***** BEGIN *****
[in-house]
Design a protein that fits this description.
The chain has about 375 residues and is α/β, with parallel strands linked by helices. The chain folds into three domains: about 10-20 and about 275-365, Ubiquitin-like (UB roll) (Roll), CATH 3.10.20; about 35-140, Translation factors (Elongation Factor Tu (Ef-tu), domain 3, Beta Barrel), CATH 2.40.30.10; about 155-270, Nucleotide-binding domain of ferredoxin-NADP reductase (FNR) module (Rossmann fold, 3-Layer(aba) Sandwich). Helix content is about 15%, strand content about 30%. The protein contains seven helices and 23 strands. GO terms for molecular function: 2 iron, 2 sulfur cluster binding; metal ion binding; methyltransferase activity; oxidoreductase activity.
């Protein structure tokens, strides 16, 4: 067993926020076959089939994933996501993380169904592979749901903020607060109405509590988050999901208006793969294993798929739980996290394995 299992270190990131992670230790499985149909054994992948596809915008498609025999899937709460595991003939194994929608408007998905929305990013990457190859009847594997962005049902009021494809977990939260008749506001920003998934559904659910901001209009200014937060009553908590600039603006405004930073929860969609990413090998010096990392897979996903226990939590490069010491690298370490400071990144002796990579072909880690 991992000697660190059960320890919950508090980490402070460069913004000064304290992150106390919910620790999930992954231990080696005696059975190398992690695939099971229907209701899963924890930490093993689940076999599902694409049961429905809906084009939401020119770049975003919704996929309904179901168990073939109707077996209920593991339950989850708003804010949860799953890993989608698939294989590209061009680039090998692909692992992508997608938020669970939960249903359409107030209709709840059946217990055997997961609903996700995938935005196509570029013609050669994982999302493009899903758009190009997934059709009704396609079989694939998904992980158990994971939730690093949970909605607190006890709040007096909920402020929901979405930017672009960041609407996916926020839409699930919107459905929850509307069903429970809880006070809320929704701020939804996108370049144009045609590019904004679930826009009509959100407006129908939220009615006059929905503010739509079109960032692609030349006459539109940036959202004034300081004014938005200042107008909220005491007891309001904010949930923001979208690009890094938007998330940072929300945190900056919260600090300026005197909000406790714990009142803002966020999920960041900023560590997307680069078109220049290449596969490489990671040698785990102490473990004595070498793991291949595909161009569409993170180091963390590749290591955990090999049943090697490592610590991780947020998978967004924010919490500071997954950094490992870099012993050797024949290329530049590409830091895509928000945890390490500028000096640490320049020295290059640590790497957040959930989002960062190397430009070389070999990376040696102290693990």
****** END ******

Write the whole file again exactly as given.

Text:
[in-house]
Design a protein that fits this description.
The chain has about 375 residues and is α/β, with parallel strands linked by helices. The chain folds into three domains: about 10-20 and about 275-365, Ubiquitin-like (UB roll) (Roll), CATH 3.10.20; about 35-140, Translation factors (Elongation Factor Tu (Ef-tu), domain 3, Beta Barrel), CATH 2.40.30.10; about 155-270, Nucleotide-binding domain of ferredoxin-NADP reductase (FNR) module (Rossmann fold, 3-Layer(aba) Sandwich). Helix content is about 15%, strand content about 30%. The protein contains seven helices and 23 strands. GO terms for molecular function: 2 iron, 2 sulfur cluster binding; metal ion binding; methyltransferase activity; oxidoreductase activity.
């Protein structure tokens, strides 16, 4: 067993926020076959089939994933996501993380169904592979749901903020607060109405509590988050999901208006793969294993798929739980996290394995 299992270190990131992670230790499985149909054994992948596809915008498609025999899937709460595991003939194994929608408007998905929305990013990457190859009847594997962005049902009021494809977990939260008749506001920003998934559904659910901001209009200014937060009553908590600039603006405004930073929860969609990413090998010096990392897979996903226990939590490069010491690298370490400071990144002796990579072909880690 991992000697660190059960320890919950508090980490402070460069913004000064304290992150106390919910620790999930992954231990080696005696059975190398992690695939099971229907209701899963924890930490093993689940076999599902694409049961429905809906084009939401020119770049975003919704996929309904179901168990073939109707077996209920593991339950989850708003804010949860799953890993989608698939294989590209061009680039090998692909692992992508997608938020669970939960249903359409107030209709709840059946217990055997997961609903996700995938935005196509570029013609050669994982999302493009899903758009190009997934059709009704396609079989694939998904992980158990994971939730690093949970909605607190006890709040007096909920402020929901979405930017672009960041609407996916926020839409699930919107459905929850509307069903429970809880006070809320929704701020939804996108370049144009045609590019904004679930826009009509959100407006129908939220009615006059929905503010739509079109960032692609030349006459539109940036959202004034300081004014938005200042107008909220005491007891309001904010949930923001979208690009890094938007998330940072929300945190900056919260600090300026005197909000406790714990009142803002966020999920960041900023560590997307680069078109220049290449596969490489990671040698785990102490473990004595070498793991291949595909161009569409993170180091963390590749290591955990090999049943090697490592610590991780947020998978967004924010919490500071997954950094490992870099012993050797024949290329530049590409830091895509928000945890390490500028000096640490320049020295290059640590790497957040959930989002960062190397430009070389070999990376040696102290693990």